Bad Drug War Bill Wrongfully Fast-Tracked for Vote TOMORROW

by Drug Policy Alliance on Tuesday, September 21, 2010 at 3:17pm

House Democrats have scheduled a horrible drug war bill for a vote tomorrow (Wednesday). The Drug Trafficking Safe Harbor Elimination Act of 2010 (H.R. 5231), written by Rep. Lamar Smith (a Republican drug war extremist), would expand problematic drug conspiracy laws, apply mandatory minimum drug sentences to more people, increase racial disparities, and subject Americans to incarceration for drug offenses and public health interventions that are legal in the foreign country in which they’re committed. It expands the drug war at a time that most Americans want major drug policy reform.


  1. Call Speaker of the House Nancy Pelosi at 202-225-0100.  When the receptionist answers, say something like:  "I’m calling to urge Speaker Pelosi to cancel the vote on the Drug Trafficking Safe Harbor Elimination Act that is scheduled for tomorrow.  It is shameful that Democrats are considering expanding the war on drugs, a war that is being waged primarily on young people and communities of color. I can’t believe Democrats are doing this."
  2. Please “Share” this Note with your Newsfeed so your friends and family can take action.

Further Talking Points / More Information:

  • The Drug Trafficking Safe Harbor Elimination Act of 2010 (H.R. 5231), introduced by Rep. Lamar Smith (the only House member to speak against reforming the racist crack/powder disparity), seeks to authorize U.S. criminal prosecution of anyone in the U.S. suspected of conspiring with one or more persons, or aiding or abetting one or more persons, to commit at any place outside the United States an act that would constitute a violation of the U.S. Controlled Substances Act if committed within the United States.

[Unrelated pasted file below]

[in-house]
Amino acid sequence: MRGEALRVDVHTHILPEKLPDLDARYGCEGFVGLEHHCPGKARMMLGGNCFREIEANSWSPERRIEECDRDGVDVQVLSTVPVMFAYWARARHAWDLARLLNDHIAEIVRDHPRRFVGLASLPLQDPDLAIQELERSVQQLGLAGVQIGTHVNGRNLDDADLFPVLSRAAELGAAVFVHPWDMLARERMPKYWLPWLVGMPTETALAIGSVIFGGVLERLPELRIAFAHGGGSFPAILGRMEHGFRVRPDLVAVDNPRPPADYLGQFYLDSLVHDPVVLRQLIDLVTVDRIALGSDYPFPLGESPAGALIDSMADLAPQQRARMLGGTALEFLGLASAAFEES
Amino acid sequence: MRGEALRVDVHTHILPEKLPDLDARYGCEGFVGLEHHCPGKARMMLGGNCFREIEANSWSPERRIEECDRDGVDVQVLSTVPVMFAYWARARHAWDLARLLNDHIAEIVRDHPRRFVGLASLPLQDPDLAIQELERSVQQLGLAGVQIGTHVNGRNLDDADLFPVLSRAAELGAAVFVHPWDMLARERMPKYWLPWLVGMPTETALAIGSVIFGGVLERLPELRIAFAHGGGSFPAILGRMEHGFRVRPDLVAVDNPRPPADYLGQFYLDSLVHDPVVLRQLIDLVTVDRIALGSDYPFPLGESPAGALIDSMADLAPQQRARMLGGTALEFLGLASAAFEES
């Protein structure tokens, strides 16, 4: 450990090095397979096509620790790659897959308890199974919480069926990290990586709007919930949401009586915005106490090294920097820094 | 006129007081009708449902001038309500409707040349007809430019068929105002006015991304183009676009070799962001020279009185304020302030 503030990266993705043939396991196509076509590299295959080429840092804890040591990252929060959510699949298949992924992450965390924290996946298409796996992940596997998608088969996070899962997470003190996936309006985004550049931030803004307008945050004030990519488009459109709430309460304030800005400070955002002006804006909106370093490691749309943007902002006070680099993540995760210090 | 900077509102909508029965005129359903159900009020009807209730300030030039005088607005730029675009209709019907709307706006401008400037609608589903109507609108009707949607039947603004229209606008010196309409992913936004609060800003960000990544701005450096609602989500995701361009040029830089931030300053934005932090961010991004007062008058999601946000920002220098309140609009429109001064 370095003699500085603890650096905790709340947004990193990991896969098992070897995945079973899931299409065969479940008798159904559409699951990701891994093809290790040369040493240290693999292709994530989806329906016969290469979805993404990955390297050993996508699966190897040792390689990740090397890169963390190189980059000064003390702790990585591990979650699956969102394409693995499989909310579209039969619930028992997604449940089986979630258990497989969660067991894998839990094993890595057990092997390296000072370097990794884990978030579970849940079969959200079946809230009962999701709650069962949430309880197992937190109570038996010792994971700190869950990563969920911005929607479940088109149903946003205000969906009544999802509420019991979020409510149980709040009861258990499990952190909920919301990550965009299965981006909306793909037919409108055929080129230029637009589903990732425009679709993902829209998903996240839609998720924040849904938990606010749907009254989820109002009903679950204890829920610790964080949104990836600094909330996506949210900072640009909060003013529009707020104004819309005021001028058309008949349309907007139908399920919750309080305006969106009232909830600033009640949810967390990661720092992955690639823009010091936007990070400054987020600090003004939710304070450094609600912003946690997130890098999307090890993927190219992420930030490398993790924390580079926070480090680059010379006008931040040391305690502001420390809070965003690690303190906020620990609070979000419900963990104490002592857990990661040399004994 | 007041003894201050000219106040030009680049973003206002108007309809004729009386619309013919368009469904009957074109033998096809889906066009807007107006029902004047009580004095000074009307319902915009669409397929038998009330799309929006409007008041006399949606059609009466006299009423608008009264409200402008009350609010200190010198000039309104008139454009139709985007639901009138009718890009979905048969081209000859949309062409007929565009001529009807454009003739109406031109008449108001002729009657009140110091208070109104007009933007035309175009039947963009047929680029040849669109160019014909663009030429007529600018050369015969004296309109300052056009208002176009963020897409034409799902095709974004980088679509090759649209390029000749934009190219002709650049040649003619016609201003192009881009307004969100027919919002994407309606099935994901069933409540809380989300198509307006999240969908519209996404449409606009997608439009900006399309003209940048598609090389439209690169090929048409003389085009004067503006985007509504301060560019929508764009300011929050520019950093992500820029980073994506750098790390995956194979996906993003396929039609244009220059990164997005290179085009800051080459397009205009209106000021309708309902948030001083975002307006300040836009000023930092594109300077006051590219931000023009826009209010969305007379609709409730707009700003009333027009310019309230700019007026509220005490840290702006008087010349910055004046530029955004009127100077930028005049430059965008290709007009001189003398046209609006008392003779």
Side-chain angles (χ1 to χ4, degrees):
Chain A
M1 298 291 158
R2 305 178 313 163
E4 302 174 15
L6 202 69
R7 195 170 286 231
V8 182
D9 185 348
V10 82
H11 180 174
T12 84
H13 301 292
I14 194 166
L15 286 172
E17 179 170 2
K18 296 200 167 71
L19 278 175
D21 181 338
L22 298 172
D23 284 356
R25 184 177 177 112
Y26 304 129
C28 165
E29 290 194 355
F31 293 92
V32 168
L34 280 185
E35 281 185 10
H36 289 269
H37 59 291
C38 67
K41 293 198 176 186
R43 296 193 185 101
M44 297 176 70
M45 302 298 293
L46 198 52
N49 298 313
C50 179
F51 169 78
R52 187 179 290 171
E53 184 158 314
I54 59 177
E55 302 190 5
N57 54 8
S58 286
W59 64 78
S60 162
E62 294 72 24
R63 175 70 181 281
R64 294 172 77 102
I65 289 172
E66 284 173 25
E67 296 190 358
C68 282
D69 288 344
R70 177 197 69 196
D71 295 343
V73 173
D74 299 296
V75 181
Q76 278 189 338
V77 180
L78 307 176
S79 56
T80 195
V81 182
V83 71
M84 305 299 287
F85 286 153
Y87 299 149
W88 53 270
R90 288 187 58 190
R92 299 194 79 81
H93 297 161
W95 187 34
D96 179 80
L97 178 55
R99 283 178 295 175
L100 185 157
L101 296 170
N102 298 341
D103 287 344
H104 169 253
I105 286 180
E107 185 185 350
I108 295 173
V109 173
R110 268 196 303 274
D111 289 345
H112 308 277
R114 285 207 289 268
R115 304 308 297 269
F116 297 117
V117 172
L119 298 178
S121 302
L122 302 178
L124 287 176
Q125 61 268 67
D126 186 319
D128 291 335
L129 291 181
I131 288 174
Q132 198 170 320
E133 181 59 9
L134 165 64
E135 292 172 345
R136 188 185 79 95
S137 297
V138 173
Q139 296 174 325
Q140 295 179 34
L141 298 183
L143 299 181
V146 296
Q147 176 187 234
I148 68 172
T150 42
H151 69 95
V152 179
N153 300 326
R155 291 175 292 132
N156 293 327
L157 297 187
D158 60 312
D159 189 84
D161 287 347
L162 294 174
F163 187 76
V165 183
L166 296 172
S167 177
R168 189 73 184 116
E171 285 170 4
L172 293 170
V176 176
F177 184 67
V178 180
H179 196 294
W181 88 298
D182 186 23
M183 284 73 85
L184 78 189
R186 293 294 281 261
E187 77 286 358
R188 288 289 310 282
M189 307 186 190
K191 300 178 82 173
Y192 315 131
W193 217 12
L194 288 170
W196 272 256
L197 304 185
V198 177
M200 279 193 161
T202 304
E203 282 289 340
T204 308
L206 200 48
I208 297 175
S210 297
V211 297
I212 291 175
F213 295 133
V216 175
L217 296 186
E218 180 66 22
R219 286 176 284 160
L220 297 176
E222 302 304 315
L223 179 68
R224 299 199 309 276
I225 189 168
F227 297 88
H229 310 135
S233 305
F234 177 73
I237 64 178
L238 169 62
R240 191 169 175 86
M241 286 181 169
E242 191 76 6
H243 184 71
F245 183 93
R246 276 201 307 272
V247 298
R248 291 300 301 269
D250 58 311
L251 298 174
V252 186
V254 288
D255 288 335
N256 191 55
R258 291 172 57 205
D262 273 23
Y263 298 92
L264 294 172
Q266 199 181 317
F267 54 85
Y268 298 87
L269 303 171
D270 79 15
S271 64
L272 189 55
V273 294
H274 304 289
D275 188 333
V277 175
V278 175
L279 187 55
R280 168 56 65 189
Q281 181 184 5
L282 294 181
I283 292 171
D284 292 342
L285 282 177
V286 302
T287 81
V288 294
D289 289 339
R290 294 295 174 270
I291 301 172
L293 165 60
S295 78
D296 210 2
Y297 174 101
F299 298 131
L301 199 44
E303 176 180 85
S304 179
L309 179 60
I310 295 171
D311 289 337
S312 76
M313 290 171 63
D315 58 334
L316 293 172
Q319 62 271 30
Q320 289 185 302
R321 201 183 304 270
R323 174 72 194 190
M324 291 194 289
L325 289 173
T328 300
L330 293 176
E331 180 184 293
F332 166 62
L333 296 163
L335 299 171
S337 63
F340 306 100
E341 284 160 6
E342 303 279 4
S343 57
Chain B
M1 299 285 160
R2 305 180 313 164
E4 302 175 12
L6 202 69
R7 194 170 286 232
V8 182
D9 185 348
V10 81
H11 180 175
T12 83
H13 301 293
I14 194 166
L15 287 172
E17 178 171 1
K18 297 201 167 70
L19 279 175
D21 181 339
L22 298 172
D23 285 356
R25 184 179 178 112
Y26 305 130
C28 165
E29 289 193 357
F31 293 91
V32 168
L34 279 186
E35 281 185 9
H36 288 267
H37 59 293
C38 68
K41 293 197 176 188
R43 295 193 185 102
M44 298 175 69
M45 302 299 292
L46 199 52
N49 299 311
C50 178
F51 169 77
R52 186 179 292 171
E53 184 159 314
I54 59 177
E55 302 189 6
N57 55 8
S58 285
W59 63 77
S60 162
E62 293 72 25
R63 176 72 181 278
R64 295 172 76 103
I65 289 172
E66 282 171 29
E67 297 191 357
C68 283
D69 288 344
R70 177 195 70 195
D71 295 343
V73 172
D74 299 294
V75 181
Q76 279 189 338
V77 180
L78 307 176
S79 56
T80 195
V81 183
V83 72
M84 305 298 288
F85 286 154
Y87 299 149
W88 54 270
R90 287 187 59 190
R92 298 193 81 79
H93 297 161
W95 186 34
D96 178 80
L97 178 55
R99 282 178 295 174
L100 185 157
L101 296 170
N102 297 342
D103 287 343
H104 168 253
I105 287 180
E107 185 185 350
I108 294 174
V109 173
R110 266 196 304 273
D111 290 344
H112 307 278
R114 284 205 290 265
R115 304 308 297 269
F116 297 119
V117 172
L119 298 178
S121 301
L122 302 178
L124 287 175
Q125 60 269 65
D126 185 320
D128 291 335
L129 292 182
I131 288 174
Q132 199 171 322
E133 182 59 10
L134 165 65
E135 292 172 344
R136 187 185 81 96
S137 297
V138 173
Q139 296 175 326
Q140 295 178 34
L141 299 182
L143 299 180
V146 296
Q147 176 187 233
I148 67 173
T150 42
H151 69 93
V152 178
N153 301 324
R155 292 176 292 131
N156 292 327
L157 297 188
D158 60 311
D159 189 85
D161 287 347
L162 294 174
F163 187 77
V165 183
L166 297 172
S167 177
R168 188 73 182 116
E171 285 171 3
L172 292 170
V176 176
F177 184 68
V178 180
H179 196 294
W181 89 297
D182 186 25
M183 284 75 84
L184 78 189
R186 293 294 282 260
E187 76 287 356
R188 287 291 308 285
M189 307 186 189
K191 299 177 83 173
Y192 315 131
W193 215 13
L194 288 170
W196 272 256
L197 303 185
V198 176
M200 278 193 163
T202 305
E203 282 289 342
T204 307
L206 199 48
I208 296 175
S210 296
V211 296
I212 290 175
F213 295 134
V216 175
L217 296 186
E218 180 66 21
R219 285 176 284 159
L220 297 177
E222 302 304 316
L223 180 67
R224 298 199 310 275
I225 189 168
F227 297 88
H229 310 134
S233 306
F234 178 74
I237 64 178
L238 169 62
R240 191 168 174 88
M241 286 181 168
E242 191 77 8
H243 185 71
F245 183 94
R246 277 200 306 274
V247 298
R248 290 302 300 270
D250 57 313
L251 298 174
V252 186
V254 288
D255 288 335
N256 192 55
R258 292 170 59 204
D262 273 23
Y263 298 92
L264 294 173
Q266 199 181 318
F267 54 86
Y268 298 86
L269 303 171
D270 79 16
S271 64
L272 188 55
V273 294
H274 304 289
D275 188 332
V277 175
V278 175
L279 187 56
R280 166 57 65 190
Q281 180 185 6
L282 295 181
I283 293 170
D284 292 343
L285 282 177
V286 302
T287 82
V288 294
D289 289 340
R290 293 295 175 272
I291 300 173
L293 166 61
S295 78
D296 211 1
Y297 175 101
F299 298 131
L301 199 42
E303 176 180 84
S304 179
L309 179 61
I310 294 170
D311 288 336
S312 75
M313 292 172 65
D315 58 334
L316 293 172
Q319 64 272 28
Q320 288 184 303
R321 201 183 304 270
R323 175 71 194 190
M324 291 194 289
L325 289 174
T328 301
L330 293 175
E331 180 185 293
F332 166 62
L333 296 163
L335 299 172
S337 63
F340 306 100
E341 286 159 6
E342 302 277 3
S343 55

• These penalties apply even if the controlled substance is legal under some circumstances in the other country. An American treatment provider working with doctors in England, Denmark, Germany, or Switzerland to provide heroin assisted treatment and sterile syringes to heroin users in those countries could face arrest. As could an otherwise law-abiding American planning with some friends to use marijuana legally in the Netherlands while on vacation there.
  • Even though this bill references drug trafficking in the title, it also criminalizes conspiring to possess and use marijuana or other drugs in other countries if more than one person is involved – even if drug use is decriminalized in that country.  Thus, it imposes America’s harsh drug policies on other countries, and further criminalizes a health issue. The bill’s title is very misleading.
  • Even when applied against drug traffickers, The Drug Trafficking Safe Harbor Elimination Act would likely perpetuate injustice. Under U.S. drug conspiracy laws a person can be found guilty even when there are no drugs or other physical evidence involved. The uncorroborated word of someone pointing fingers to get a reduced sentence is all it takes. Moreover anyone convicted of being part of a drug conspiracy is punished not for the offense they actually committed but for all the offenses committed by members in the conspiracy. This has led to very low-level, impoverished, first-time offenders receiving sentences that are decades long. Conspiracy laws drive the so-called "girlfriend problem" whereby thousands of women every year are sentenced to harsh sentences for the crimes of their abusive partners.
  • The United States houses 5% of the world’s population but 25% of its incarcerated population.  This excess of incarceration is a direct result of punitive and ineffective drug laws, which are currently crippling our social and economic resources.  Trends in the U.S. are shifting toward alternative sentencing and away from the policies developed in the almost forty years since Nixon declared the "War on Drugs."  H.R. 5231 would be a detrimental step in the wrong direction.
  • House Leadership should not bring this problematic bill up for a vote. It has only two cosponsors and wasn’t even considered in committee.

by Drug Policy Alliance on Tuesday, September 21, 2010 at 3:17pm

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